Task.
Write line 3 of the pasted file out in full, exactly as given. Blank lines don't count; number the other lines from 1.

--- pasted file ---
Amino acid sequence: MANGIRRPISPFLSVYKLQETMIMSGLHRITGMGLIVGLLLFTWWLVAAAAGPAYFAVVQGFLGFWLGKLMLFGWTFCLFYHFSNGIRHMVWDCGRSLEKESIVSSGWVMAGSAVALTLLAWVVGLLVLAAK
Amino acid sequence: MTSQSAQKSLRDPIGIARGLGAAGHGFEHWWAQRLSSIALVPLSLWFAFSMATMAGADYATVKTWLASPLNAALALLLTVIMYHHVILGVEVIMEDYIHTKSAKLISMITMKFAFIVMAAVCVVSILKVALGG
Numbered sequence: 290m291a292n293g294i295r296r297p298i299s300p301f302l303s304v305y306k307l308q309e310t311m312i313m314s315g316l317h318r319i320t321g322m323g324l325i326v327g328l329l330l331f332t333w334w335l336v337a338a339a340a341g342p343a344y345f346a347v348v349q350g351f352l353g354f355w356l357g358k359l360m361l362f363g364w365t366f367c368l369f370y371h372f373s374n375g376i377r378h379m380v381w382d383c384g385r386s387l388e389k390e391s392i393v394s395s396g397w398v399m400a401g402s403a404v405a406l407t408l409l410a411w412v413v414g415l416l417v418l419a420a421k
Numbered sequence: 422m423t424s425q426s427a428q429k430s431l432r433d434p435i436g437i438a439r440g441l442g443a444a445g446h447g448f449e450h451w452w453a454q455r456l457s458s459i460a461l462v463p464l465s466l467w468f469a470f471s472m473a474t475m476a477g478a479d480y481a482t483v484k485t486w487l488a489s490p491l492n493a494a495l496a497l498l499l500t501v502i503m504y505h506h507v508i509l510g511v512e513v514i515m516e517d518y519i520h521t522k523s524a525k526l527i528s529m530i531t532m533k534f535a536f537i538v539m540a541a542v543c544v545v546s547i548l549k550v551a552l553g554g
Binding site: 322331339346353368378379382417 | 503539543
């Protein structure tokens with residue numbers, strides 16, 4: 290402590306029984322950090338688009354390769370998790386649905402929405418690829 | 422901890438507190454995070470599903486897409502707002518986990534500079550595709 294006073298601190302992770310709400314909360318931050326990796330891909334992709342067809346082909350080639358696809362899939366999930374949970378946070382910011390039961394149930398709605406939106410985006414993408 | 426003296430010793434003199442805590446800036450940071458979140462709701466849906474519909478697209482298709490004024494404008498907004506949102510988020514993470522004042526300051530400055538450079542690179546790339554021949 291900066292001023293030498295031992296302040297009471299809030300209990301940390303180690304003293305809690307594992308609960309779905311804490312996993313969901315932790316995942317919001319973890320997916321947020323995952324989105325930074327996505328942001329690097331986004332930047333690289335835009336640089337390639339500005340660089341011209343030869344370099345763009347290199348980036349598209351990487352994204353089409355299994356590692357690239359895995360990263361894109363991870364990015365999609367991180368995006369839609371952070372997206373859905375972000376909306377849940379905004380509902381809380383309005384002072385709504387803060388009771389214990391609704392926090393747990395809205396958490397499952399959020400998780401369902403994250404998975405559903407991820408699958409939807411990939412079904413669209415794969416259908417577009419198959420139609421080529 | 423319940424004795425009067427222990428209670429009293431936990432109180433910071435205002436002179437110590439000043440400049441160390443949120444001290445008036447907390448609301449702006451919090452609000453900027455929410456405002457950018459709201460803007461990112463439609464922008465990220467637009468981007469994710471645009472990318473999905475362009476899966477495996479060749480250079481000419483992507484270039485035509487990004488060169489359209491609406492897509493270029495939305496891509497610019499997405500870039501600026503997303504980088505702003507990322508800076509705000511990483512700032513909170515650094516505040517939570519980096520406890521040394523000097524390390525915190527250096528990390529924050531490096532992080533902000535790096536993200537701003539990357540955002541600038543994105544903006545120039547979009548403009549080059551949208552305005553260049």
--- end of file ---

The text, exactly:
Numbered sequence: 290m291a292n293g294i295r296r297p298i299s300p301f302l303s304v305y306k307l308q309e310t311m312i313m314s315g316l317h318r319i320t321g322m323g324l325i326v327g328l329l330l331f332t333w334w335l336v337a338a339a340a341g342p343a344y345f346a347v348v349q350g351f352l353g354f355w356l357g358k359l360m361l362f363g364w365t366f367c368l369f370y371h372f373s374n375g376i377r378h379m380v381w382d383c384g385r386s387l388e389k390e391s392i393v394s395s396g397w398v399m400a401g402s403a404v405a406l407t408l409l410a411w412v413v414g415l416l417v418l419a420a421k